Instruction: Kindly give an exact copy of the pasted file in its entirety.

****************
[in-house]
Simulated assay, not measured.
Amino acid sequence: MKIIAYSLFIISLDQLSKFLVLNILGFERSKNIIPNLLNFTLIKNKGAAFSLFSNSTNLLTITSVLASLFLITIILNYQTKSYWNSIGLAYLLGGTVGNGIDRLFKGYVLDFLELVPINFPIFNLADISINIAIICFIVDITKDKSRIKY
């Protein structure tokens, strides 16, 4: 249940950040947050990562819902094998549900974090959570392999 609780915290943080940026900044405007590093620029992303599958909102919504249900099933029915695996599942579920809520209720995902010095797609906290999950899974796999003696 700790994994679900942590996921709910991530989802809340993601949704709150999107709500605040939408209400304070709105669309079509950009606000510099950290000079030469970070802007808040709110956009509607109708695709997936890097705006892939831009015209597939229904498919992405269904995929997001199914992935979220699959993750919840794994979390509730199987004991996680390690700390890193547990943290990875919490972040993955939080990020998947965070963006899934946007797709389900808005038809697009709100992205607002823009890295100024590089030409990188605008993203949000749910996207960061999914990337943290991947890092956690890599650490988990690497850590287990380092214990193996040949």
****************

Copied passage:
[in-house]
Simulated assay, not measured.
Amino acid sequence: MKIIAYSLFIISLDQLSKFLVLNILGFERSKNIIPNLLNFTLIKNKGAAFSLFSNSTNLLTITSVLASLFLITIILNYQTKSYWNSIGLAYLLGGTVGNGIDRLFKGYVLDFLELVPINFPIFNLADISINIAIICFIVDITKDKSRIKY
């Protein structure tokens, strides 16, 4: 249940950040947050990562819902094998549900974090959570392999 609780915290943080940026900044405007590093620029992303599958909102919504249900099933029915695996599942579920809520209720995902010095797609906290999950899974796999003696 700790994994679900942590996921709910991530989802809340993601949704709150999107709500605040939408209400304070709105669309079509950009606000510099950290000079030469970070802007808040709110956009509607109708695709997936890097705006892939831009015209597939229904498919992405269904995929997001199914992935979220699959993750919840794994979390509730199987004991996680390690700390890193547990943290990875919490972040993955939080990020998947965070963006899934946007797709389900808005038809697009709100992205607002823009890295100024590089030409990188605008993203949000749910996207960061999914990337943290991947890092956690890599650490988990690497850590287990380092214990193996040949």